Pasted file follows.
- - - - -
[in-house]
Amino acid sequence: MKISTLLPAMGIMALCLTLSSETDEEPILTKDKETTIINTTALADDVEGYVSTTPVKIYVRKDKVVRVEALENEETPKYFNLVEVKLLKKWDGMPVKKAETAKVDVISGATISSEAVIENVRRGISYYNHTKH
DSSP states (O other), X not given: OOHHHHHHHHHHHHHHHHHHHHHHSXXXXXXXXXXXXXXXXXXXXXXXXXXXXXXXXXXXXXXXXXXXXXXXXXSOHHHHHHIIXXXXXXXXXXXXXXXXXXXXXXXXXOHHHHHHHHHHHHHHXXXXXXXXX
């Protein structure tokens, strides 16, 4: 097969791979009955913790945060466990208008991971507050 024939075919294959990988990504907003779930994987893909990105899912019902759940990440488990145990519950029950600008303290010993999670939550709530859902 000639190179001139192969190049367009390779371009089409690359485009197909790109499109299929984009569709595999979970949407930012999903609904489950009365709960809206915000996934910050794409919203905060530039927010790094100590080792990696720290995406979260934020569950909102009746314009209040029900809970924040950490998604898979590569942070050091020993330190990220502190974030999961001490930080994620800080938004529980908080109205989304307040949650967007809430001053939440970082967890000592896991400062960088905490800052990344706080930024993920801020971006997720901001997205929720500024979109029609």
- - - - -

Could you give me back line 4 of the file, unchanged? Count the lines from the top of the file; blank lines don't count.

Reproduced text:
């Protein structure tokens, strides 16, 4: 097969791979009955913790945060466990208008991971507050 024939075919294959990988990504907003779930994987893909990105899912019902759940990440488990145990519950029950600008303290010993999670939550709530859902 000639190179001139192969190049367009390779371009089409690359485009197909790109499109299929984009569709595999979970949407930012999903609904489950009365709960809206915000996934910050794409919203905060530039927010790094100590080792990696720290995406979260934020569950909102009746314009209040029900809970924040950490998604898979590569942070050091020993330190990220502190974030999961001490930080994620800080938004529980908080109205989304307040949650967007809430001053939440970082967890000592896991400062960088905490800052990344706080930024993920801020971006997720901001997205929720500024979109029609």